Despite what I may think at times, I do have to remind myself that I have been and am incredibly lucky. Obviously I have Olivia and that is something that I am thankful for (even when she’s doing crazy windmill arms at me) I’m also lucky because when I had her I was able to give up work to look after her solely. This was something that was really important to me and that I will always be eternally grateful for. I’ve been at home and despite the odd dabble with work here and there I’ve just been a mum and that’s been wonderful. But, for a long time now and I mean a loooong time, my husband has been suggesting that I should go back to work. He’s not been saying that I must or that financially I need to (although he always adds ‘it would be nice’) he just tells me it would be good for me. Good for my brain – which bar tapping away on here or playing Sylvanian Families with Olivia hardly gets used these days, and it would be good for my mental health.
Have you heard about or do you know what ‘Self-Care’ means? Is it something that’s on your radar or is it more in the Bermuda lost triangle zone as far as you’re concerned? Do you even know what I’m talking about?! Self care is essentially about taking responsibility for yourself, your health and mental wellbeing. It essentially means to look after YOU. I knew of the term but despite doing a lot of things for ‘myself’ I didn’t really acknowledge that what I was doing was called ‘self-care’. Listening to Women’s Hour on Friday (I know, I’m WILD) there was a segment about this topic, where it took one woman finding out she had cancer, going through all the treatment and coming out the other side, before she realised that she hadn’t been taking care of herself at all. She realised pre-diagnosis that she’d been burning candle at both ends, running herself into the ground working and partying too hard. Having cancer made her realise she needed to slow down and start loving herself a bit more. The programme really got me thinking. Certainly leading up to IVF I was really good at meditating on a regular basis, I was getting loads of sleep, drinking loads of water etc but then the pregnancy and sickness stopped all of that, and then after the miscarriage everything went to shit, quite frankly. I went off track by way of rebelling and showing my anger I suppose. I stopped doing all of the things that were good for ME. I realised that I hadn’t been looking after myself at all.
Crikey Moses people it’s 2018! I mean, how the heck did that happen?! I feel like I’ve blinked and 2017 has whooshed by me in a flash. It really was a whirlwind year and when I look back on it sadly, IVF is the main focus. What with appointments, injections, bloods taken, treatment, legs in the air and such like. It hasn’t all been bad, but I’d say it was one of those years that I’ll park in the ‘Let’s forget you for a while’ vault for now, thank you very much. Wanting to move on from my last post with something a bit more light hearted and having just had had my birthday (screaming face emoji) I wondered that, considering I’ll be turning 40 this year, what exactly have I learnt about myself thus far? What simple, silly things have these last 39 years taught me about ME, if anything?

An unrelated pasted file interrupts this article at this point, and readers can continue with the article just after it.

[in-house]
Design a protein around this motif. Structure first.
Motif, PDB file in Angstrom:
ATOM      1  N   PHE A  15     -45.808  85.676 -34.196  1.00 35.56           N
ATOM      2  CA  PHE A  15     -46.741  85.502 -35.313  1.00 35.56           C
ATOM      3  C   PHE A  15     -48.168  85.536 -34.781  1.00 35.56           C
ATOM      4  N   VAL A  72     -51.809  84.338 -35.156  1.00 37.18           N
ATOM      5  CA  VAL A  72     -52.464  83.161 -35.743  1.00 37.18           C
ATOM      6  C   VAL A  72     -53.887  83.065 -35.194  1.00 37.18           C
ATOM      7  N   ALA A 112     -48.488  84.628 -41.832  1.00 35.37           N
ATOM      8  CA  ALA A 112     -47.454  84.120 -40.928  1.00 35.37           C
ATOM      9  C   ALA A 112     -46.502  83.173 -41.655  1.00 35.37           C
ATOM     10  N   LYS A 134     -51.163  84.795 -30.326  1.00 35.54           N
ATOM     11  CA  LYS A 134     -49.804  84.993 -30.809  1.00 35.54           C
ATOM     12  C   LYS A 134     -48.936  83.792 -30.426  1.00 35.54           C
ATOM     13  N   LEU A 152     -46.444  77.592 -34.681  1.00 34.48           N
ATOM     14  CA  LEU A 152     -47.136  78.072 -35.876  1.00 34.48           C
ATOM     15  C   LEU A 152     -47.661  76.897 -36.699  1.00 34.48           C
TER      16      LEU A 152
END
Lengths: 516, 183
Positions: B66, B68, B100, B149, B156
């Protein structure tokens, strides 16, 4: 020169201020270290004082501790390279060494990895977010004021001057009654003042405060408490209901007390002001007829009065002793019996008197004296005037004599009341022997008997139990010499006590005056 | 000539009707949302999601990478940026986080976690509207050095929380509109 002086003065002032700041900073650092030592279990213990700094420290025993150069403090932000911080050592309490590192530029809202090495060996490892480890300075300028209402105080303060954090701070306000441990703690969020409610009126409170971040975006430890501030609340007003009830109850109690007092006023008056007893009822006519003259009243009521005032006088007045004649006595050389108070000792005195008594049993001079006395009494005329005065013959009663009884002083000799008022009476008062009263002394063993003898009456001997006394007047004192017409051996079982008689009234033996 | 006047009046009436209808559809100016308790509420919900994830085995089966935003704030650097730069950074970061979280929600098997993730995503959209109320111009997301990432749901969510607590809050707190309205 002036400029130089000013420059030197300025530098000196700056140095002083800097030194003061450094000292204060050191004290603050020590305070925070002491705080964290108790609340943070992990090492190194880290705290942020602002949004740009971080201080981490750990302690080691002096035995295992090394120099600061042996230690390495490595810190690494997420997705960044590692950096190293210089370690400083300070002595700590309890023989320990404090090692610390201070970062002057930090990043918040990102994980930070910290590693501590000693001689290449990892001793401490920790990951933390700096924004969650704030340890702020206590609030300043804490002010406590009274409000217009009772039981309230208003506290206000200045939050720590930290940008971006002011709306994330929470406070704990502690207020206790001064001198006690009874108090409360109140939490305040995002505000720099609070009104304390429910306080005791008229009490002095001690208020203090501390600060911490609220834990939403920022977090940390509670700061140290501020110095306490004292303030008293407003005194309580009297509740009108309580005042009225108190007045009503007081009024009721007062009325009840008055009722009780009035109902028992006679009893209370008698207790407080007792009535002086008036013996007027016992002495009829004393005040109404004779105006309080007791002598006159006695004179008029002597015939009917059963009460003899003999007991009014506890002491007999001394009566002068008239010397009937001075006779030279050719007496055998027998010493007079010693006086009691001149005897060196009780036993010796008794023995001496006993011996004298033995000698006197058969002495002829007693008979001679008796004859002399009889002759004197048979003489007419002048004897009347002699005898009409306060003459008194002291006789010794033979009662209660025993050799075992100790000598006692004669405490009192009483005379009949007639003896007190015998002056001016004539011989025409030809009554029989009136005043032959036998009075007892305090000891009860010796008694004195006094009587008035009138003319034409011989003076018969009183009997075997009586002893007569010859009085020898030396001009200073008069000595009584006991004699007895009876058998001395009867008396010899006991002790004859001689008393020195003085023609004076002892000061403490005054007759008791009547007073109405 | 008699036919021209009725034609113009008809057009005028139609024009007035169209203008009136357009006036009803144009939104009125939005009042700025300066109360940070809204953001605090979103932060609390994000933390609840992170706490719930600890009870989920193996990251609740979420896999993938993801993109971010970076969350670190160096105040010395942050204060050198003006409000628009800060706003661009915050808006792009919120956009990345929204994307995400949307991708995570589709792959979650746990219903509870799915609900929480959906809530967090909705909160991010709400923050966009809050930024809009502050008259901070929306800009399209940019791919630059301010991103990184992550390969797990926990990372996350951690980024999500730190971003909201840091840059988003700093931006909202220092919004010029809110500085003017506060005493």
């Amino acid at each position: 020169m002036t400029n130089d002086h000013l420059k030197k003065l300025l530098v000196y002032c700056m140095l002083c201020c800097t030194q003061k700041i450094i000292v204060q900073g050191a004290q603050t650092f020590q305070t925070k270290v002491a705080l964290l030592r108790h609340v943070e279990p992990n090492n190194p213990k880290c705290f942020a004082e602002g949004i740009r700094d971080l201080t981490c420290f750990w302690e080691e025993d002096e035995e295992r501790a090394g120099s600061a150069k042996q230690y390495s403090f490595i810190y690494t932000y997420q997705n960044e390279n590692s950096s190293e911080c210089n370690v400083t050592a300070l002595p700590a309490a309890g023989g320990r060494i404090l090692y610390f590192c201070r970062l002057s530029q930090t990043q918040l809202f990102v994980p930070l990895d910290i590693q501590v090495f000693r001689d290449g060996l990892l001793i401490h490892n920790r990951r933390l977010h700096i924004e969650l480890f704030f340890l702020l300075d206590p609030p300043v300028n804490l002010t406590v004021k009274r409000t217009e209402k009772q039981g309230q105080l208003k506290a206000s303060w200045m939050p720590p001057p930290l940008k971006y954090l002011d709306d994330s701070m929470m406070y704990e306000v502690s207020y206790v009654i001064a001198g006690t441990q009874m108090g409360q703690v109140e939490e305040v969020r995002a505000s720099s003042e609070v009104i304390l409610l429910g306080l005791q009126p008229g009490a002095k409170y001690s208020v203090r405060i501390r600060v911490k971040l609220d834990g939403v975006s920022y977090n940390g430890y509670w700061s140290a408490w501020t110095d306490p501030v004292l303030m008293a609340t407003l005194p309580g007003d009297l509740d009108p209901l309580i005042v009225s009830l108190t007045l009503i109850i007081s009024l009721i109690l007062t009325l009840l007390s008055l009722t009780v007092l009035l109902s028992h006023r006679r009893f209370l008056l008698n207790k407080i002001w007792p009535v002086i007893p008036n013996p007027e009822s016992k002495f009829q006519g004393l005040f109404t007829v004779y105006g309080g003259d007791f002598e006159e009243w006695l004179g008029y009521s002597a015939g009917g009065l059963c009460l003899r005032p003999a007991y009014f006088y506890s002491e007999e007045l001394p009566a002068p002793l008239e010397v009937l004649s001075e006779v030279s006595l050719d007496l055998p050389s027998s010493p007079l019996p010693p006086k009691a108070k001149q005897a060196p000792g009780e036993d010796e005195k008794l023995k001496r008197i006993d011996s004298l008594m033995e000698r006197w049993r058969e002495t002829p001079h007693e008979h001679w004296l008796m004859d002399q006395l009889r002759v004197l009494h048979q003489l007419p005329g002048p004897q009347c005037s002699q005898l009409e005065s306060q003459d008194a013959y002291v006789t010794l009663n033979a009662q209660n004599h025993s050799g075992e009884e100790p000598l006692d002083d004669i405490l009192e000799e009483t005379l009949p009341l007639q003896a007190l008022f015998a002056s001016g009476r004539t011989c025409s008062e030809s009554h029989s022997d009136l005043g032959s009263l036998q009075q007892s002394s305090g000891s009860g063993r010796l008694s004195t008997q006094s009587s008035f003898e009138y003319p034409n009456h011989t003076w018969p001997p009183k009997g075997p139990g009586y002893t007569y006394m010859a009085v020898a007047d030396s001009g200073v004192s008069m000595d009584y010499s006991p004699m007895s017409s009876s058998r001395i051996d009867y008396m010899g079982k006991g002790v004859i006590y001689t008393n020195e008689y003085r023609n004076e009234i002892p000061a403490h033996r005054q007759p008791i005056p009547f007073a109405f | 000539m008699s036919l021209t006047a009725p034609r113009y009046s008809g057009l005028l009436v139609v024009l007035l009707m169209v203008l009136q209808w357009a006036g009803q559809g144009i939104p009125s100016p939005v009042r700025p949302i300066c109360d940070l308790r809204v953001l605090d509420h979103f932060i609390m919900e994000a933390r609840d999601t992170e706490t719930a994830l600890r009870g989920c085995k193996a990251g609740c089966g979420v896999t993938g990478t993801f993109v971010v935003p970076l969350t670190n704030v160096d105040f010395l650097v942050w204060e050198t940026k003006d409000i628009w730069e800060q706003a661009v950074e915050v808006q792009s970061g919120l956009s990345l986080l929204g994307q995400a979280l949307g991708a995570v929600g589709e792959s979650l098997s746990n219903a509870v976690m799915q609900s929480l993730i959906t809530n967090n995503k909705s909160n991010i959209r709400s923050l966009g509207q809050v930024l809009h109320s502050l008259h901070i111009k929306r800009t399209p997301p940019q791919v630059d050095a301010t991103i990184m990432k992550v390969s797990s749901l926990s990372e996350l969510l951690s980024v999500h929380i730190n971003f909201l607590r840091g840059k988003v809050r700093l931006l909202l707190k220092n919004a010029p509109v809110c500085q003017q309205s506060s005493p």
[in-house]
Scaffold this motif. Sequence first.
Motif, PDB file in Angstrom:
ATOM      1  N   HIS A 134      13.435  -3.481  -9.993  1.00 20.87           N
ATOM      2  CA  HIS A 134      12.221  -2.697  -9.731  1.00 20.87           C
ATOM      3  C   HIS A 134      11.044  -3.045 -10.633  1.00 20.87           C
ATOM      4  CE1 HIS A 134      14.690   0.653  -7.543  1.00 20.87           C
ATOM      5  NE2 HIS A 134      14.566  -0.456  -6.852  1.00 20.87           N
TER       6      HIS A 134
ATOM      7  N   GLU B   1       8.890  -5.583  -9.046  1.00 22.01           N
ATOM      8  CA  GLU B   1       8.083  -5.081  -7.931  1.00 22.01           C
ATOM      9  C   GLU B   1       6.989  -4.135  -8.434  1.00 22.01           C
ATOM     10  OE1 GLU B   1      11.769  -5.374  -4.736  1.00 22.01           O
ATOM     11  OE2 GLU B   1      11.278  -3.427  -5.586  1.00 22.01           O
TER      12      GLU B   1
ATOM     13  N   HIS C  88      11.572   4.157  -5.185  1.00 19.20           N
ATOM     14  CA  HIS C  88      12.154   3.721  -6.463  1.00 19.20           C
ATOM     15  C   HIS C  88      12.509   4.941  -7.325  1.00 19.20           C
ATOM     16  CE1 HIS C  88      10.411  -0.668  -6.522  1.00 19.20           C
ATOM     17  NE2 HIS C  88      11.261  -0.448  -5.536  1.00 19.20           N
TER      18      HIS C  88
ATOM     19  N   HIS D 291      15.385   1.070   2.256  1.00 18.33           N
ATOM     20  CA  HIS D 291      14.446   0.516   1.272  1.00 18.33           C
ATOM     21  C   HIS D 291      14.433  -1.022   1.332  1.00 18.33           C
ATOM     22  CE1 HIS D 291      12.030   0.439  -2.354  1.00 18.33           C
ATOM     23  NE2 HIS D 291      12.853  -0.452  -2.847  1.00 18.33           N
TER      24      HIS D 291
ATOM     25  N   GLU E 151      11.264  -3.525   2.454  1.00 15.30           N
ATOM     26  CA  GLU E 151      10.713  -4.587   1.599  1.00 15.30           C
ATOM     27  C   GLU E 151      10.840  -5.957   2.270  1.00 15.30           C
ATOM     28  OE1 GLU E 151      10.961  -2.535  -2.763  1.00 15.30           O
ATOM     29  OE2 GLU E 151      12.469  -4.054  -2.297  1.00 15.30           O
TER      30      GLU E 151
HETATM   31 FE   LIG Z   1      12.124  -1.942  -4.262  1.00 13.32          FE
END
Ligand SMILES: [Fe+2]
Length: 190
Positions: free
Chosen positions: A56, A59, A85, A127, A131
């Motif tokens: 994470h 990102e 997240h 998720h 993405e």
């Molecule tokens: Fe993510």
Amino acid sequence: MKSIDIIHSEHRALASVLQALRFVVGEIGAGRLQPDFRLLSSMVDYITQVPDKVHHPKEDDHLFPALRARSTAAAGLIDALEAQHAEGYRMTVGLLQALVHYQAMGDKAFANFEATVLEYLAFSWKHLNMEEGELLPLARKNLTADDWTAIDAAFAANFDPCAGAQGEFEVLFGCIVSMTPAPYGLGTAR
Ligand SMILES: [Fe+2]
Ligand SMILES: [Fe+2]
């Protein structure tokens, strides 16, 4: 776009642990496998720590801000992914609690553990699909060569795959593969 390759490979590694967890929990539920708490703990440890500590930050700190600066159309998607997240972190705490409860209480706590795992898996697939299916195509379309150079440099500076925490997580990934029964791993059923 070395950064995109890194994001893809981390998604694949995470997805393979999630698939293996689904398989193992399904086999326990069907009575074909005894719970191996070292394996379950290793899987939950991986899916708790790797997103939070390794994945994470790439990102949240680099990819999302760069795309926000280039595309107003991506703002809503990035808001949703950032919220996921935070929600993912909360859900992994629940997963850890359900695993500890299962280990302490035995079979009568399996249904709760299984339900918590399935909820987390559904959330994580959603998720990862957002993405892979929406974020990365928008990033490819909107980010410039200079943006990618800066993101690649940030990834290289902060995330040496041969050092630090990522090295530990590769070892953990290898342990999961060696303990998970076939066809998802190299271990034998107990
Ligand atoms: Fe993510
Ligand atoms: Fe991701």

Mothers Day is fast approaching and I’ve been thinking about the fact that as my years creep ever closer to forty (I mean, really?!) that I’m slowly but surely turning into my mother. Actually scrub that, I don’t notice it so much, it’s my husband who tells me I am. It’s inevitable really isn’t it what with the DNA and all, it’s something that can’t be helped or stopped, no matter what your relationship. I love my mum dearly, she’s done so much for me over the years, the one I look to for advice but it hasn’t always been this way. We had a rough ride when I was younger. I was a typical teenager and I caused her a lot of heartache and grief, for which I carry a lot of guilt for (it’s okay, I’ll be punished via my own daughter, karma and all that) I used to hate it when people told me I looked like my her but now I love it, I’m her daughter, that’s our eternal link and bond. Now that I have a daughter myself I understand that link that will always be there. Plus I know that I can’t fight it, it’s happening whether I like it or not. I’ve had a bit of a think and here are a few signs that I’m turning into my mother.
Us mums can sometimes get a bad wrap, and I’m not talking the sandwich variety here. If we’re not hating each other, we’re being too smug, we’re being too competitive, we’re not good enough, we drink too much coffee and wine, or we dare enjoy just being ‘mums’ and not working! All these traits tend to be banded about in the media I hasten to add, I don’t believe any of this rubbish. We are what we are, us mums, and I think that truth be told, the majority of us are doing a damn good job, even if we do happen to feed the kids beige food three days in a row (*cough, that definitely wasn’t me, cough*) Being a mother is incredibly hard at times but it’s also hugely rewarding. It’s a large amount of good with a dose of bad thrown into the mix. So let’s get down to the nitty gritty, what’s the real truth about being a mum and what are the bits that people might fail to tell you about?